are selected and administered so as to best ensure that, when a test is administered to a student with impaired sensory, manual, or speaking skills, the test results accurately reflect the student's aptitude or achievement level or whatever other factor the test purports to measure, rather than reflecting the student's impaired sensory, manual, or speaking skills (except where those skills are the factors that the test purports to measure).

Recipients must draw upon a variety of sources in the evaluation and placement process so that the possibility of error is minimized. All significant factors related to the learning process must be considered.

These sources and factors include, for example, aptitude and achievement tests, teacher recommendations, physical condition, social and cultural background, and adaptive behavior. Adaptive behavior is the effectiveness with which the individual meets the standards of personal independence and social responsibility expected of his or her age and cultural group.

Information from all sources must be documented and considered by a group of knowledgeable persons, and procedures must ensure that the student is placed with nondisabled students to the greatest extent appropriate.

Periodic reevaluation is required. This may be conducted in accordance with the IDEA regulation, which requires reevaluation at three-year intervals or more frequently if conditions warrant, or if the child's parent or teacher requests a reevaluation.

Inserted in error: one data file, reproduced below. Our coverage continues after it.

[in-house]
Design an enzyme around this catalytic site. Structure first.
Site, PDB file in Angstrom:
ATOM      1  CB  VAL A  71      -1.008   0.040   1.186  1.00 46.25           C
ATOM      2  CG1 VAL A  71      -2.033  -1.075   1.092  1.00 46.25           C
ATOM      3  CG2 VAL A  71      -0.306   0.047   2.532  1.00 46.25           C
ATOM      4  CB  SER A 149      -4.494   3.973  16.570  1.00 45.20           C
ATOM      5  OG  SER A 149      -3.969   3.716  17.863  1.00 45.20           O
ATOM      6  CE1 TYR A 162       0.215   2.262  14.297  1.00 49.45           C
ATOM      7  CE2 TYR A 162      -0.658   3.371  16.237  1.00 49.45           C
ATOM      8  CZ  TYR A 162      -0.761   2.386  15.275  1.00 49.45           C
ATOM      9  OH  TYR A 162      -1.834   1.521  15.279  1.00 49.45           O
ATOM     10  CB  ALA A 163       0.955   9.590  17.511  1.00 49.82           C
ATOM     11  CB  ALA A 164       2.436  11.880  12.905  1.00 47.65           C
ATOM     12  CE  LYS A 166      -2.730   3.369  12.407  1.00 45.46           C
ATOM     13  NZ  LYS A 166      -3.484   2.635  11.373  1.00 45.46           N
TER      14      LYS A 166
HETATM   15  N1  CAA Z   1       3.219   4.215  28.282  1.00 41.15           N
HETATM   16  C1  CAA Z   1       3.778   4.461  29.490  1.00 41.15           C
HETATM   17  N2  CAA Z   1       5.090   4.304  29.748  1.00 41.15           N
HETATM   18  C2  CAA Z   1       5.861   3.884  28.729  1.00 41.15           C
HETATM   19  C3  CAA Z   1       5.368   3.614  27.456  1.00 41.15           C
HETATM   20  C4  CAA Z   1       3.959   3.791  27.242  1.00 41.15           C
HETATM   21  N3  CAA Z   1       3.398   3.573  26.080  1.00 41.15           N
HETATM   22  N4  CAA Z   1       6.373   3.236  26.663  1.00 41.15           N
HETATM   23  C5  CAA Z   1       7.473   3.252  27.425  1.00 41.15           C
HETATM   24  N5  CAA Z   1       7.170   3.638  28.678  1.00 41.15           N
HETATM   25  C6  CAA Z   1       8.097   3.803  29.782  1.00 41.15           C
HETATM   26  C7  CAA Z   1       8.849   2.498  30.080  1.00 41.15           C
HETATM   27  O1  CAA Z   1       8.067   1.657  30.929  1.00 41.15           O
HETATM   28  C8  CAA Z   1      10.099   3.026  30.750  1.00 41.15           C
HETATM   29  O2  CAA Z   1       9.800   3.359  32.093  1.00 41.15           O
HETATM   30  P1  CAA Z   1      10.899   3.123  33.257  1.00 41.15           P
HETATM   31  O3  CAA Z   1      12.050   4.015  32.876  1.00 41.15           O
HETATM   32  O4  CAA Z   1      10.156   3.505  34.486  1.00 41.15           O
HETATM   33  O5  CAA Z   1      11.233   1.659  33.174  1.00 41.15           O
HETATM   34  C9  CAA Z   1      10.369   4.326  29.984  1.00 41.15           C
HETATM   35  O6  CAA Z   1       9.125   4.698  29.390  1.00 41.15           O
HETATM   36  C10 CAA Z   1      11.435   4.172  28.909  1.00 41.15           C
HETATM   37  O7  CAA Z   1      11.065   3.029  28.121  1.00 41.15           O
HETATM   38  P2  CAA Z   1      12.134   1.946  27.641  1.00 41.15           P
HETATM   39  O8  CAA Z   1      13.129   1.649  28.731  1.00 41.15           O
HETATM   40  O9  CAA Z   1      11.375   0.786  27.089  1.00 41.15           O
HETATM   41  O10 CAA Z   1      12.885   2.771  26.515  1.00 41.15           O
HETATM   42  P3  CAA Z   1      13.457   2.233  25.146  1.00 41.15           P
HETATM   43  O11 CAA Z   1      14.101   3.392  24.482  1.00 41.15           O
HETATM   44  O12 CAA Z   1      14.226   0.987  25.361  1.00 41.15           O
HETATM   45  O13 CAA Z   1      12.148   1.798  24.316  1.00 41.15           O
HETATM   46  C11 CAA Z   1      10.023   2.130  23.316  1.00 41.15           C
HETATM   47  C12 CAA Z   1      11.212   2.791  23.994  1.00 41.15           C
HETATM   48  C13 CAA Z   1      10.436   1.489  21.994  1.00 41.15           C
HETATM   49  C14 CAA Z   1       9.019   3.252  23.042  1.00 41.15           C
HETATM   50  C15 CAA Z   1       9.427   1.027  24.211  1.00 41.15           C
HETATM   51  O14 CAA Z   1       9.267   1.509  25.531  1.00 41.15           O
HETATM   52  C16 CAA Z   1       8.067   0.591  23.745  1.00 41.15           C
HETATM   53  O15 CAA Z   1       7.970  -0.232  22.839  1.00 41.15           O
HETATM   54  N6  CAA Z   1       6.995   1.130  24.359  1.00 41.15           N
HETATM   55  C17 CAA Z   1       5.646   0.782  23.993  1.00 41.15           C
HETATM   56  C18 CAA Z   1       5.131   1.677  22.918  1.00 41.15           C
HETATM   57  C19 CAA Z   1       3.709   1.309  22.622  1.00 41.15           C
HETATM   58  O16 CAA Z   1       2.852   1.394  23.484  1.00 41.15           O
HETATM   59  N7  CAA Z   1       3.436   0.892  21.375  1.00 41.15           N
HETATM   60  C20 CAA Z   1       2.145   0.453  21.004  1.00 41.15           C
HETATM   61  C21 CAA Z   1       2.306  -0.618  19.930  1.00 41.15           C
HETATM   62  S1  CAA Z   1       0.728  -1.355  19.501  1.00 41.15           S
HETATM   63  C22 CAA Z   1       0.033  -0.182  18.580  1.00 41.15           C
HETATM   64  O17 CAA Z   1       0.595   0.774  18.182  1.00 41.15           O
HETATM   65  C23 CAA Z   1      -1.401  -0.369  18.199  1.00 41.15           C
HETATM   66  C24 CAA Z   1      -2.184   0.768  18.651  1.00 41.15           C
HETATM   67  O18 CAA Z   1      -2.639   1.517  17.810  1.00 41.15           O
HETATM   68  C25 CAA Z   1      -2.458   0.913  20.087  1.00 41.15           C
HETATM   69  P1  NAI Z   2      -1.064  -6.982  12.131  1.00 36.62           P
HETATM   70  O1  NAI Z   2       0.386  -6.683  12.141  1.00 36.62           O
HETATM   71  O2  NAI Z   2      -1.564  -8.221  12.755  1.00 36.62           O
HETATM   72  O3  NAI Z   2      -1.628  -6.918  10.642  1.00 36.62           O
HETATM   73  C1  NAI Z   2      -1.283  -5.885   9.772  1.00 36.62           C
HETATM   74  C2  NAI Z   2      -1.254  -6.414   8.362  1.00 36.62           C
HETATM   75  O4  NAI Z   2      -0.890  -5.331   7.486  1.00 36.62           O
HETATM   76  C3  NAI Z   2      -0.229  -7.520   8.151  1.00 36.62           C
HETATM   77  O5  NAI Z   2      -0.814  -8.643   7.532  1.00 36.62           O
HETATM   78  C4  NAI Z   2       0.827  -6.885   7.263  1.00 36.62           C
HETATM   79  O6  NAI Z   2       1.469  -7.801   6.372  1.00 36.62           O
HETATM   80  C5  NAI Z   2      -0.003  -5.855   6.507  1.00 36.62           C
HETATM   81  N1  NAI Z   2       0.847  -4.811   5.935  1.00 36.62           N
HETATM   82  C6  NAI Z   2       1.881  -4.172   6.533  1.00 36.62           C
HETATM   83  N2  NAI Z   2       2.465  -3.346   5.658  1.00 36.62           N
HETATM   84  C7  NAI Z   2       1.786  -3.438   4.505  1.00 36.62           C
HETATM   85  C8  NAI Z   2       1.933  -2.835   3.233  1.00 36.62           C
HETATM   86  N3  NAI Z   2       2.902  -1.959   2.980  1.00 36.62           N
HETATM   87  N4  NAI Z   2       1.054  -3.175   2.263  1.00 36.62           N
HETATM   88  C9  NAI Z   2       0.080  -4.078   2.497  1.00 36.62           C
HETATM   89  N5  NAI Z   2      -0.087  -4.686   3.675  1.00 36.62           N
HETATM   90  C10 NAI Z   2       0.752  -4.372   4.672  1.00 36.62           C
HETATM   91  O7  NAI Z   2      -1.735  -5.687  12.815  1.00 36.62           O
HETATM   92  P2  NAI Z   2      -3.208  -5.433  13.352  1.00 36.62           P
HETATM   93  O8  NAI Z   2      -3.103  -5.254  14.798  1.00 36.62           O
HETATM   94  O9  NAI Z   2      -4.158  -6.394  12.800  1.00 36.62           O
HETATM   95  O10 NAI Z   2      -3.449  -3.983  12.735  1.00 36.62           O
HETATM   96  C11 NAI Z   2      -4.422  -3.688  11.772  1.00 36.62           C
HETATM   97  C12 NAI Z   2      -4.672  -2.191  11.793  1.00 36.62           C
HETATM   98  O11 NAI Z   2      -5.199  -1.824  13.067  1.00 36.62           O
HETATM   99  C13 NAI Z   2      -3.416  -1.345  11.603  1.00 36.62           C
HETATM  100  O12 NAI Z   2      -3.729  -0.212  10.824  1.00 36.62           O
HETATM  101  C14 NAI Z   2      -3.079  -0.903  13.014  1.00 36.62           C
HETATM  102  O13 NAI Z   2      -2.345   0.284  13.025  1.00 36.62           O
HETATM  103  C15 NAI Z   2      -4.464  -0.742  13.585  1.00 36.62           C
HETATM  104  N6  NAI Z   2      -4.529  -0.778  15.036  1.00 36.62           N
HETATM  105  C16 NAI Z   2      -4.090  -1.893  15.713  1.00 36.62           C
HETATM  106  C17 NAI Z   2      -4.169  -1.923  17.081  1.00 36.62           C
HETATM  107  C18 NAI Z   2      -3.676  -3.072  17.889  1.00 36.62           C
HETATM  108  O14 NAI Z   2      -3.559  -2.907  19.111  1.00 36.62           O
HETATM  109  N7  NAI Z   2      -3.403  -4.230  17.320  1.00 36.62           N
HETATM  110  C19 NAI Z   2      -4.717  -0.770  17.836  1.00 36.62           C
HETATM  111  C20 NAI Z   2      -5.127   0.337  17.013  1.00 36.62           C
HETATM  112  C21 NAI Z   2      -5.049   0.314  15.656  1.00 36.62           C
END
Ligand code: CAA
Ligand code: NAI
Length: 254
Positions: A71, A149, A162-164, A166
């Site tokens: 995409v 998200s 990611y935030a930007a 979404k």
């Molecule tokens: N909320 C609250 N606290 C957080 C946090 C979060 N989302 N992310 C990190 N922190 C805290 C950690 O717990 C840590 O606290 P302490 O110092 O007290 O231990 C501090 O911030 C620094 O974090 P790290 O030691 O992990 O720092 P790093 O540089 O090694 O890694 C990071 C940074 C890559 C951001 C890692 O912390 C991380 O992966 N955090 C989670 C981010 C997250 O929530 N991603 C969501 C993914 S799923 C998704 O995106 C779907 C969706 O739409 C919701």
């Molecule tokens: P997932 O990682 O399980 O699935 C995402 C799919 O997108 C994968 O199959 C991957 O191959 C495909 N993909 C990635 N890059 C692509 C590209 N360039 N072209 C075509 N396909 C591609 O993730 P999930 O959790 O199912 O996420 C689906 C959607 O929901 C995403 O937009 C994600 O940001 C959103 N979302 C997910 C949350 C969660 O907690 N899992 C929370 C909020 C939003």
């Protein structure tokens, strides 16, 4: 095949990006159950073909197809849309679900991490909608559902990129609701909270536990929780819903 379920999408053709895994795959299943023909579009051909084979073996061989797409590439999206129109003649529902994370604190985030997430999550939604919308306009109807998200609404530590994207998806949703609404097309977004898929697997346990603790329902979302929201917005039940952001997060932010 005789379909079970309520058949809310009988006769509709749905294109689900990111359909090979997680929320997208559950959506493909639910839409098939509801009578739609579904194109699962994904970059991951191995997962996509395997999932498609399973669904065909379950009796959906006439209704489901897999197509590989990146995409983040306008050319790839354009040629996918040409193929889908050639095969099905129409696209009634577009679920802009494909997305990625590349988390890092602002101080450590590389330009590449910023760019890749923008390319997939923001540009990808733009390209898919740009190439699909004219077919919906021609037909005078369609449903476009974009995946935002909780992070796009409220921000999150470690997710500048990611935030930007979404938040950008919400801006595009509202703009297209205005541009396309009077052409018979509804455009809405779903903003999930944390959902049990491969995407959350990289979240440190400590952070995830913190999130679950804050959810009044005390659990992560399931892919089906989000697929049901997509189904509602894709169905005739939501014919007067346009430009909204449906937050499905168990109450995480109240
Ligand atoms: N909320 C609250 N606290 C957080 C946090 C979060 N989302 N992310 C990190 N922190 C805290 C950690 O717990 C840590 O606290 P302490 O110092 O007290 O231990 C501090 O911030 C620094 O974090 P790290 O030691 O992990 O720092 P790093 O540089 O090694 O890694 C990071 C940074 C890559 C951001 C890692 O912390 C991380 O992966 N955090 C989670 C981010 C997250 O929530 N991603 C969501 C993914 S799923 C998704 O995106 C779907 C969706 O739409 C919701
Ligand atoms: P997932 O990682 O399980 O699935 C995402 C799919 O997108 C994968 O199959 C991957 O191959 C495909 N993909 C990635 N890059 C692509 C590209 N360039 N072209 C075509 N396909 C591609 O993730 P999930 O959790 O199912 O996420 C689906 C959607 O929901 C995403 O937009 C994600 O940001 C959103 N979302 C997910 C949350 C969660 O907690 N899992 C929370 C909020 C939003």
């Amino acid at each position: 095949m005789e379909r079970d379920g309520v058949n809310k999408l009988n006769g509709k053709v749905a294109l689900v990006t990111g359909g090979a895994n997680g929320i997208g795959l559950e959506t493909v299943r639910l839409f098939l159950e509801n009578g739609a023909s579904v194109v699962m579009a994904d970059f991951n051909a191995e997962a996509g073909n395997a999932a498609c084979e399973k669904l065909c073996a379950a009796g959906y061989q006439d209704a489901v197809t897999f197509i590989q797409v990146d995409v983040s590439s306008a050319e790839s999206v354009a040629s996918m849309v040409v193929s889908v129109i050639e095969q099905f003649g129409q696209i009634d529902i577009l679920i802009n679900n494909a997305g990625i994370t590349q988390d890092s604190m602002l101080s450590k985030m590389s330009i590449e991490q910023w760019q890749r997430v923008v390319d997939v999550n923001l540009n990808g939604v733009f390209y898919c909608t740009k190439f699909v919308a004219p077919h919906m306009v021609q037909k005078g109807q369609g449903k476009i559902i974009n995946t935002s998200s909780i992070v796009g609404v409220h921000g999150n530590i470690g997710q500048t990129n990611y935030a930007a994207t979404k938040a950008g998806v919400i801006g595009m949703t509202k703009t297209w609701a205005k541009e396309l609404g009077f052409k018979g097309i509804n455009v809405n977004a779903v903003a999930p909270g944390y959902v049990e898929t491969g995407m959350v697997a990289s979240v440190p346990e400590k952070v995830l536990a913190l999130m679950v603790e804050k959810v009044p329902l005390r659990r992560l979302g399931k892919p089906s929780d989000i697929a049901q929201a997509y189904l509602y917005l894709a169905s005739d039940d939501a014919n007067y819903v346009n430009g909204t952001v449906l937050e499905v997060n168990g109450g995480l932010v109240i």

Recipients Must Have Due Process Procedures for the Review of Identification, Evaluation and Placement Decisions

Public elementary and secondary schools must employ procedural safeguards regarding the identification, evaluation, or educational placement of persons who, because of disability, need or are believed to need special instruction or related services.

Parents must be told about these procedures. In addition, parents or guardians must be notified of any evaluation or placement actions, and must be allowed to examine the student's records. The due process procedures must allow the parents or guardians of students in elementary and secondary schools to challenge evaluation and placement procedures and decisions.

If parents or guardians disagree with the school's decisions, they must be afforded an impartial hearing, with an opportunity for participation and representation by counsel. A review procedure must be available to parents or guardians who disagree with the hearing decision.